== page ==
Unfair Contract Terms in Auctions

Consumers are faced with very unfair contract terms in the Condition of Sale when they take part in auctions.

These terms are one-sided and put the bidder/purchaser in an extremely disadvantaged position at auctions.

Under Section 24 of the Consumer Protection Act 1999, unfair contract terms are illegal and therefore unenforceable.

These unfair terms found in the Condition of Sale at auctions should be withdrawn or amended to strike a fair balance between the bidder/purchaser and the assignee/banker.

Though Condition of Sale in auctions is not standardised, the terms and conditions tend to be similar.

Below are examples of unfair contract terms found in the Condition of Sale:

The right to refuse any bid

The auctioneer may refuse any bid or bids without giving any reason.

CAP: A reason must be given if any bid is to be refused. It should also be clearly spelt out the conditions under which a bid may be rejected.

Freedom to change the Condition of Sale any time

The bank has the absolute right at any time to change, alter or add to the Condition of Sale prior to the auction.

CAP: There should be a cut-off period (for example 72 hours before the auction date) whereby the bank cannot make any changes to the Condition of Sale.

Banks not responsible for misstatement

The bank does not guarantee the accuracy of the information in either the Proclamation of Sale or Condition of Sale. Any error or misstatement in the Condition of Sale shall not annul the sale and neither can the purchaser seek compensation for any error, misstatement or misdescription. The purchaser shall be deemed to have full knowledge of the state and condition of the property.

CAP: If the manufacturer can be charged under the Trade Descriptions Act for any inaccurate statement on its product label, why should the bank be treated differently? As a seller, the bank has no excuse in giving wrong information, especially that which may affect the potential purchaser’s decision as whether to bid for the property. The bank should not escape liability for inaccurate statements made in the Proclamation of Sale or Condition of Sale.

No obligation to inform on liabilities

Neither the bank nor the auctioneer is required to inform the purchaser about the property’s liabilities. The purchaser is deemed to be responsible for making enquires on the liabilities affecting the property.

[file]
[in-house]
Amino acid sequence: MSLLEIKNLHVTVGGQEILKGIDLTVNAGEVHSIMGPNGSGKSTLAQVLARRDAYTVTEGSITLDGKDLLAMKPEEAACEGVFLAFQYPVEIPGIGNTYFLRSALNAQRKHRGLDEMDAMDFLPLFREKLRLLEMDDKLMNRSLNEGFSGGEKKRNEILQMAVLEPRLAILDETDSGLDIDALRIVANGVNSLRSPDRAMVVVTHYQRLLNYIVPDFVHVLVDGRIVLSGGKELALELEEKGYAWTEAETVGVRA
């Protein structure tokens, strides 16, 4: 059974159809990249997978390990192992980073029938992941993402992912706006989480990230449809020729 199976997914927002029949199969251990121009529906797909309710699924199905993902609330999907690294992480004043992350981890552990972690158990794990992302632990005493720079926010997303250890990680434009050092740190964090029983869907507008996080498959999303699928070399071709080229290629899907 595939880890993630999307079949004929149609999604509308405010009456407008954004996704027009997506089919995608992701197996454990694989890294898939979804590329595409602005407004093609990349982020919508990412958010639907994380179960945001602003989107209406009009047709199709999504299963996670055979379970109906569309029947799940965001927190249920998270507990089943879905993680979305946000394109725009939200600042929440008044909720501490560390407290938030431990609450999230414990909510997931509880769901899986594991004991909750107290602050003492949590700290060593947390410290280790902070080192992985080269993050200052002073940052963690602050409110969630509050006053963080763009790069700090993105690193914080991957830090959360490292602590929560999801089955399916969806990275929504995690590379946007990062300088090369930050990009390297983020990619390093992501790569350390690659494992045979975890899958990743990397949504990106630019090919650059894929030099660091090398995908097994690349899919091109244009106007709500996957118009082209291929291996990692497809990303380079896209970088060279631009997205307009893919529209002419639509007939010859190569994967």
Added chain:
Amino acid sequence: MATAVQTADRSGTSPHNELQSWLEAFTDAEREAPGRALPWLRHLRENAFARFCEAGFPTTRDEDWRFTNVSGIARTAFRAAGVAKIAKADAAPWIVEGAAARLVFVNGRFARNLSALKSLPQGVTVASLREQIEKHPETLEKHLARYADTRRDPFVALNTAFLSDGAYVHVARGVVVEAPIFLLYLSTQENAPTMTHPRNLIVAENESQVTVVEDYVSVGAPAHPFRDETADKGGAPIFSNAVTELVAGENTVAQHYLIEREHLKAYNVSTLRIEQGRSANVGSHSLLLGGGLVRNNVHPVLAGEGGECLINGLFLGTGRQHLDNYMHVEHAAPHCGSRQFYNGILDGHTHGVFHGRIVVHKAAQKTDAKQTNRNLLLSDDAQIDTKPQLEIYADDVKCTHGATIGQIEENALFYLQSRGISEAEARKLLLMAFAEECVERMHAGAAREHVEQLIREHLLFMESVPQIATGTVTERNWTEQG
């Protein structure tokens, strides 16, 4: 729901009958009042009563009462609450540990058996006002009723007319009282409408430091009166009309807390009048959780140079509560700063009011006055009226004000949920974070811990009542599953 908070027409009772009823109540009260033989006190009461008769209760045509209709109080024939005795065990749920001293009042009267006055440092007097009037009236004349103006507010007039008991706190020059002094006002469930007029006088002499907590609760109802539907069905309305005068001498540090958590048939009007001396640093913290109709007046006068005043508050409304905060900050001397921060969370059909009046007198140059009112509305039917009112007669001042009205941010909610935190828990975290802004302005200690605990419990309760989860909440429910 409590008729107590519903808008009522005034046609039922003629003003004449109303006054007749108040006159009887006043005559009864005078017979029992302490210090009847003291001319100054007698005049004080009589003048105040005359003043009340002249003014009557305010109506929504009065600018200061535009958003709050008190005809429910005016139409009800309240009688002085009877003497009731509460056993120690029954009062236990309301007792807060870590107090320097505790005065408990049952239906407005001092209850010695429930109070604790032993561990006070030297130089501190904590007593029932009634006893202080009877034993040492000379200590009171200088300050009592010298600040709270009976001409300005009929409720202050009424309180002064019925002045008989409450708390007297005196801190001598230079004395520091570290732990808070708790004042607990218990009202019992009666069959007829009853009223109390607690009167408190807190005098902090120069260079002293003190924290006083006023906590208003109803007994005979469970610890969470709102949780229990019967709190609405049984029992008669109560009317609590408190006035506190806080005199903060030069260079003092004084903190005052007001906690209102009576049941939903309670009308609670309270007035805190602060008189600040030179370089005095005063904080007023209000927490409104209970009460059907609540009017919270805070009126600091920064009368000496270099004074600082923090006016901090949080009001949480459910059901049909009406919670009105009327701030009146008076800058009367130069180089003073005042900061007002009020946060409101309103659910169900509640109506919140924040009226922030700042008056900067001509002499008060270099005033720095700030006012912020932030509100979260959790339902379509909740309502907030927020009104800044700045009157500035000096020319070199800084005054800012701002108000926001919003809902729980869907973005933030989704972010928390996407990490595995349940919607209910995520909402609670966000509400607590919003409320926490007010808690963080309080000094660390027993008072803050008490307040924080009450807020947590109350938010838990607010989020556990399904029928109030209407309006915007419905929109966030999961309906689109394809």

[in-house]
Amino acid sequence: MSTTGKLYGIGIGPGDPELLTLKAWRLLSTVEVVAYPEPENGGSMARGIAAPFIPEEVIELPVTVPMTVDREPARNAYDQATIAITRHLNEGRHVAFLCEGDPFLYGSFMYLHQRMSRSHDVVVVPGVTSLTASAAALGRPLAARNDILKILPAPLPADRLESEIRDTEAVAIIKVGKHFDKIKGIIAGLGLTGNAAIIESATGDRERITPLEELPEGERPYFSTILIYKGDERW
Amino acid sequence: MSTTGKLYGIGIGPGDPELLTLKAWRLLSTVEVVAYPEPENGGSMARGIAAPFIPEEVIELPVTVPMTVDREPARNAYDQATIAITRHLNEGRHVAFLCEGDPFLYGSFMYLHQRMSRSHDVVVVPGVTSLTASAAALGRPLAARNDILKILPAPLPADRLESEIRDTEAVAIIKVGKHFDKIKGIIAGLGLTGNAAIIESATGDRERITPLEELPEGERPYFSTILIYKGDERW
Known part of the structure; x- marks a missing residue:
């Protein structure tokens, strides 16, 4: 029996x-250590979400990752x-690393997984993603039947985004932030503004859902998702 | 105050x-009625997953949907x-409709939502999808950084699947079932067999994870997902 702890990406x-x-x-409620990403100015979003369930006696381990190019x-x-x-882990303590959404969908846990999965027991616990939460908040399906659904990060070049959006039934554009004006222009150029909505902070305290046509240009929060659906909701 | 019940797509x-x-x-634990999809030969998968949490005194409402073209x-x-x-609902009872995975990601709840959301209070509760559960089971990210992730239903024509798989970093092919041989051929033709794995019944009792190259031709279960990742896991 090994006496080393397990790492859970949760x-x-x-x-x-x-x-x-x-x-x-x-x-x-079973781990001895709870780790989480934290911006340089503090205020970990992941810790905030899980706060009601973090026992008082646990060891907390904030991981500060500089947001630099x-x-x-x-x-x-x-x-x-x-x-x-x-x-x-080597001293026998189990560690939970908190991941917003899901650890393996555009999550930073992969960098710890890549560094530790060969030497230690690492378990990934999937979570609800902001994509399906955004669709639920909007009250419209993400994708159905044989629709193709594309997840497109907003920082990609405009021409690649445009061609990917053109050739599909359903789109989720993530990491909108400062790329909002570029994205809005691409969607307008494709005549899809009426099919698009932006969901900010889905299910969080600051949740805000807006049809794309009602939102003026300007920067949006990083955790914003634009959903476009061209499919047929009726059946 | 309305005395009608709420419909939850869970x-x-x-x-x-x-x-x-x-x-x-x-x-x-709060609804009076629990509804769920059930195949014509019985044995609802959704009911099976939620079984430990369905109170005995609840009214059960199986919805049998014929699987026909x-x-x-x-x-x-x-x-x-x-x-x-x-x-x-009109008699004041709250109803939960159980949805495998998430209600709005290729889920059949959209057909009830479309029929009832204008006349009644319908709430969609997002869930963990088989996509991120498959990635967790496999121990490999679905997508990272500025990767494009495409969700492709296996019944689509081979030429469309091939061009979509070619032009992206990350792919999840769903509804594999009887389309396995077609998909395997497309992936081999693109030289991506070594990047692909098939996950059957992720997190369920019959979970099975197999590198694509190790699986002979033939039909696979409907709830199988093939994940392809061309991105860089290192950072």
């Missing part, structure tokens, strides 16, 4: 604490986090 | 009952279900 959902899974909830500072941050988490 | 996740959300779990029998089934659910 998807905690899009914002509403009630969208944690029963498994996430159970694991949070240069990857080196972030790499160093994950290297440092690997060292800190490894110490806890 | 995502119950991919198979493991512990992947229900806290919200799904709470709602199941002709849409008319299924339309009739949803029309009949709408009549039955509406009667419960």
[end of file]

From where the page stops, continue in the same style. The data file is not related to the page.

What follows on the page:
CAP: Once again the bank is in a better position than the purchaser to know about the liabilities incurred on the property. The bank should reveal what it knows to the potential purchaser.

Bank can terminate sale any time

Apart from the sale being terminated because the purchaser was unable to obtain consent from the developer or state authorities, the bank can also set aside the sale for any reason whatsoever, by giving the purchaser written notice. The bank then refunds the deposit interest-free.

CAP: The sale should not be terminated solely because the bank wishes to do so. It can only be terminated if the purchaser is unable to fulfil his part of the contract.

Risk is purchaser’s responsibility

Once the hammer falls, all risks of the property shall pass to the purchaser.

CAP: Risks from damage of property (for example, fire) should still be the responsibility of the bank until the purchaser has taken possession of the property.

Auctioneer, bank or lawyer cannot be held to their words

All statements made by the auctioneer, bank or lawyer are statements of opinion and cannot be taken as statement of fact by the purchaser.

CAP: It is not fair to say that the purchaser cannot rely on the words of the very people who are supposed to know about the property for auction.

As is where is basis

Intending purchasers are not allowed to inspect the interior condition of the property. They may only view it from the outside.

CAP: Purchasers should be allowed to inspect the product that they are buying – what more when it is probably one of the most expensive purchases of their life.

CAP urges the Ministry of Domestic Trade, Cooperatives and Consumerism to act immediately on unfair contract terms in the Condition of Sale in auctions or that in any other contracts.

Press Statement, 31st March 2016